Conservatives and those with a dim economic outlook are more likely to view immigrants as "costly to society" than other Canadians, new research suggests.
Accurate information about the benefits of bringing in new residents, however, can change minds, according to the latest report from the Digital Democracy Project, a joint initiative by the Public Policy Forum and the Max Bell School of Public Policy at McGill University.
While Canadians show "modest" levels of nativism overall, "Liberal and NDP partisans score far lower than Conservatives in their expressed nativist sentiment," researchers found.
"Nativism — feelings of support for native-born citizens over immigrants — is more common among conservatives, but also among those who feel the economy or their personal finances are getting worse."
The researchers measured "nativism" by asking a series of questions they said were designed to tap into perceptions of "whether immigrants are costly to society."
They found Canadians broadly overestimate the number of migrants and refugees entering the country, with almost a quarter of those polled believing that refugee intake is higher than it really is.
Twenty-nine per cent of those surveyed said too many immigrants were from visible minorities. The authors noted they interpreted this number cautiously given a tendency for respondents to “provide answers that are socially acceptable but not a reflection of their true sentiment.”
The People's Party of Canada — the leader of which, Maxime Bernier, has campaigned on allowing "fewer immigrants" into Canada — was not included in the examination of nativism. The report said the sample size was too small.
In asking respondents a series of questions about policy, researchers also found that Canadians were more often "uninformed" rather than "misinformed."
Providing respondents with details of the economic benefits of immigration made people, particularly conservatives, more aware, and more supportive, they said.
"Nativism — feelings of support for native-born citizens over immigrants — is more common among conservatives, but also among those who feel the economy or their personal finances are getting worse," says a new @ppforumca @MaxBellSchool report
“This suggests that nativism might not be as much of an immutable sentiment as commonly believed,” the report states.
Attitudes shift on economic data
The team surveyed 1,559 Canadian citizens 18 years and older from Sept. 11-16, using an online panel. Data was then weighted regionally by gender and age for accuracy. Their analysis on nativism can be generalized at 90 per cent confidence +/- 0.01-0.03.
Attitudes clearly shifted among the half of those surveyed who were presented with an excerpt from a Conference Board of Canada report showing immigration boosts overall economic activity, compared to the half who weren't shown the excerpt.
The Conference Board said that if Canada were to stop welcoming immigrants over the next 20 years, economic growth would slow considerably. Boosting immigration to just one per cent of the population, or 400,000 people per year, would help keep the economy growing.
"Immigration is beneficial for the long-term health of the Canadian economy," the excerpt concludes.
"It turns out that this information mattered to our respondents," the report stated. Those who thought immigration was bad for the economy dropped from 23 per cent for those who didn't get the data, to 19 per cent for those who did.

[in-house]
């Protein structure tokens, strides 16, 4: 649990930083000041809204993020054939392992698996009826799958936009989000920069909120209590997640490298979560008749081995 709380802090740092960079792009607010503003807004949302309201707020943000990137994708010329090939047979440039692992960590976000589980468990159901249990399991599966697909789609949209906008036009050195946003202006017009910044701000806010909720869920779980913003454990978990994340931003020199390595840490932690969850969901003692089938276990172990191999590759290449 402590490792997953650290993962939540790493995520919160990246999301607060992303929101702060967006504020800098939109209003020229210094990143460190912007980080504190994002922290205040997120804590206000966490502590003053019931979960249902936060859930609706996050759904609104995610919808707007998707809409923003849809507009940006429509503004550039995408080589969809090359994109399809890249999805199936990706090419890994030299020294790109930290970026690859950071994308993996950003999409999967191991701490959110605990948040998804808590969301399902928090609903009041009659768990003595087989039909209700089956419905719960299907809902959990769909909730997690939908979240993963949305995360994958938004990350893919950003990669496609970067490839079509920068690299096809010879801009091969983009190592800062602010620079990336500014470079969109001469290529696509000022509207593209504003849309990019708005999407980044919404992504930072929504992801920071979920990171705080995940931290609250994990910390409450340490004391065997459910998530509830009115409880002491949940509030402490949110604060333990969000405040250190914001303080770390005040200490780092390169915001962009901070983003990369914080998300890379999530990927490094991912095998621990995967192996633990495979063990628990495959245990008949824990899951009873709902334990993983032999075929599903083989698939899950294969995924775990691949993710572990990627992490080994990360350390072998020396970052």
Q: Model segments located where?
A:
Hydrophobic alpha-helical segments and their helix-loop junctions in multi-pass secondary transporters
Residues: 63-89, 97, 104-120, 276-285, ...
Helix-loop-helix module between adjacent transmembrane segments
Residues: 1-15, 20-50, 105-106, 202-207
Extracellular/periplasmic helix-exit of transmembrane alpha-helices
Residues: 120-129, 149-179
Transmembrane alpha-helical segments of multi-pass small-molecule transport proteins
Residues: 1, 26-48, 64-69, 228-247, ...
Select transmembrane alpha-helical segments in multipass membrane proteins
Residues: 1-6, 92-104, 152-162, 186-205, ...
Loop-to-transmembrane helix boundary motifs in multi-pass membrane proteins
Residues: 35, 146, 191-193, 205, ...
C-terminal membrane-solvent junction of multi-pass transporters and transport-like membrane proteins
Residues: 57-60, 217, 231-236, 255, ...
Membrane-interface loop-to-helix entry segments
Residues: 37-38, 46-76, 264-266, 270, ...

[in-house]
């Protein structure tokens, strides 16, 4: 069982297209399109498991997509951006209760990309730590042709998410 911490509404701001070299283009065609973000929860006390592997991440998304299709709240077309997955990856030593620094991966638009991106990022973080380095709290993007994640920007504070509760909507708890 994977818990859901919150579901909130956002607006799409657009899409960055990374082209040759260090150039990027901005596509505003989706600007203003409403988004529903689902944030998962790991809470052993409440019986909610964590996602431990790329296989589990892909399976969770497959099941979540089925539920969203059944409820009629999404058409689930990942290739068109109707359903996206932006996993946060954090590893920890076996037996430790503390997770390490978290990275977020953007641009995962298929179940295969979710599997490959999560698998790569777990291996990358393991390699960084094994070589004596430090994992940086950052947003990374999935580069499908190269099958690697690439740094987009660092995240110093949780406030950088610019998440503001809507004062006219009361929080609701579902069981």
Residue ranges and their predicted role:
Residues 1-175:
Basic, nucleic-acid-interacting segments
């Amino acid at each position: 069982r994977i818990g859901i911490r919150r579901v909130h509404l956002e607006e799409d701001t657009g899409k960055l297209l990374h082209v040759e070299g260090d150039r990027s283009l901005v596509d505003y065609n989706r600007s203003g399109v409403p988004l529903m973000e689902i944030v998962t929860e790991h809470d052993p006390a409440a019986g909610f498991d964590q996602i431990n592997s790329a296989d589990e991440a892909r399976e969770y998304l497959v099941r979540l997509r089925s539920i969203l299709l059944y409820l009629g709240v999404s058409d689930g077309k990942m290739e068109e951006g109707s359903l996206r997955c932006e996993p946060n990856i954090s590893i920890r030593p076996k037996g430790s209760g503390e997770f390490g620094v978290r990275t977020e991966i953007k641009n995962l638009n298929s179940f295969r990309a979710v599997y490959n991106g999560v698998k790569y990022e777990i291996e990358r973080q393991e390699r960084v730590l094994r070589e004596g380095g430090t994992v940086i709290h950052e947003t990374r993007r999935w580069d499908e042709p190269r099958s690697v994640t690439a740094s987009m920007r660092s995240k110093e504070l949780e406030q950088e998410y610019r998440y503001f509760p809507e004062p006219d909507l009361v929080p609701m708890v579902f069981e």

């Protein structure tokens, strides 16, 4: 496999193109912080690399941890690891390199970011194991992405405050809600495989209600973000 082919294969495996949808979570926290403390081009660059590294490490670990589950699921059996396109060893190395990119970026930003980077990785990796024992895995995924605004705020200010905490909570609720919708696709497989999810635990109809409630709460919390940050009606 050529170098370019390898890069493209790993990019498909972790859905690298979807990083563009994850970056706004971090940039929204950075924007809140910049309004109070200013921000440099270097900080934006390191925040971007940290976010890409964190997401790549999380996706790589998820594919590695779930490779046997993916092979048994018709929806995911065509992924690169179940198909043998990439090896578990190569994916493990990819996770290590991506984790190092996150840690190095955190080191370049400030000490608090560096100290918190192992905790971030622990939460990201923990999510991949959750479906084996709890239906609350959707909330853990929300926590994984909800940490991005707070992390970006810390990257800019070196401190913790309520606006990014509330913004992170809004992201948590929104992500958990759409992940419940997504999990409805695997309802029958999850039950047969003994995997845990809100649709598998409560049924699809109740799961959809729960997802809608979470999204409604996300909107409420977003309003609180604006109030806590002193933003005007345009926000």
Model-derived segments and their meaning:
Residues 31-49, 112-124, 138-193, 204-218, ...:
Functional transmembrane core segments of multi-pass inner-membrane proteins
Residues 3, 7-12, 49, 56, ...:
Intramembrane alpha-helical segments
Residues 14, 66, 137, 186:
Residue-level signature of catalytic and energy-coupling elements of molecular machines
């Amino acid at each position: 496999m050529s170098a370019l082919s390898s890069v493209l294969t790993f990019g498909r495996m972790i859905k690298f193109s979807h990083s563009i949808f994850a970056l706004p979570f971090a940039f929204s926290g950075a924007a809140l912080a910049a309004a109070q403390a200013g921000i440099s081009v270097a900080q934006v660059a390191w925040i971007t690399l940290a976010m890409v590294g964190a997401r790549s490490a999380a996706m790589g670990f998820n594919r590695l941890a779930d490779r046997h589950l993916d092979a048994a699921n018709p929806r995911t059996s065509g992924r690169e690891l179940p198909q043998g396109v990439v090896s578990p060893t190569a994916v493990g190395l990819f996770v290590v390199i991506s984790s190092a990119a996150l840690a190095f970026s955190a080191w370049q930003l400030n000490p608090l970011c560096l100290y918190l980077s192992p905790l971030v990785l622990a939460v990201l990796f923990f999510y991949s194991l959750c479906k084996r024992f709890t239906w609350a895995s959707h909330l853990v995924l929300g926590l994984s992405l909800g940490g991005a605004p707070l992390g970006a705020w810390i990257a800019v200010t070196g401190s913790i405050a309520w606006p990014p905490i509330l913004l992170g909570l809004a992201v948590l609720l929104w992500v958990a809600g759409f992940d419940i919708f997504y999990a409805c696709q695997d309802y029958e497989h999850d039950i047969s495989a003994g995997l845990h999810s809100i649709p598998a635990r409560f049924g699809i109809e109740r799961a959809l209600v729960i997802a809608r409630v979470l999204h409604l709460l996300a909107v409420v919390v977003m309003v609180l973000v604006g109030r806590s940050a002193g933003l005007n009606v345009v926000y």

The information also shifted how those polled viewed immigration levels. Thirty-nine per cent of respondents who did not receive the information wanted numbers decreased, compared to 32 per cent of those who did receive it.
Asked what aspects of immigration were of most concern to them, survey respondents broadly ranked jobs and the economy highly.
But right-wing partisans were otherwise focused much more on cultural values, national security and "illegal immigration," while those on the left prioritized integration and diversity.
“All told, Canadian attitudes toward immigration are nuanced,” the report said.
“Nativist sentiment is largely muted, but there are potential flashpoints related to the effect of immigration on taxpayers, social services and cultural values.”
Immigrants unfairly scapegoated
Critics say such flashpoints are being used by politicians for electoral gain.
Syed Hussan, a co-ordinator at the Migrant Rights Network, said stagnant wages and cuts to social services were creating more economic anxiety, and immigrants were being unfairly scapegoated.
“When you're anxious and fearful, it is very easy to be convinced that there is a boogeyman who's responsible for your anxieties,” Syed said.
“And all the political parties have tried to divide us and make us believe that migrants are responsible for our suffering.”
Right-leaning partisans are broadly more skeptical of immigration than left-leaning partisans, with 61 per cent of Conservatives saying they are concerned about the cost of immigration to taxpayers.
Sixty-eight per cent of right-wing respondents said they were concerned about immigrants adapting to Canadian values, while 47 per cent of left-leaning respondents agreed.
Canadians know very little about absolute levels of immigration or refugee intake, the findings show.
Fifty-six per cent of respondents said they were unsure how many immigrants the federal government was planning to admit in 2019, while only 15 per cent knew it was 330,000.
Only 12 per cent correctly stated Canada admitted 28,000 refugees in 2018, while 61 per cent were unsure of the figure.
“The direction of misinformation is clearly in one direction here,” the report said.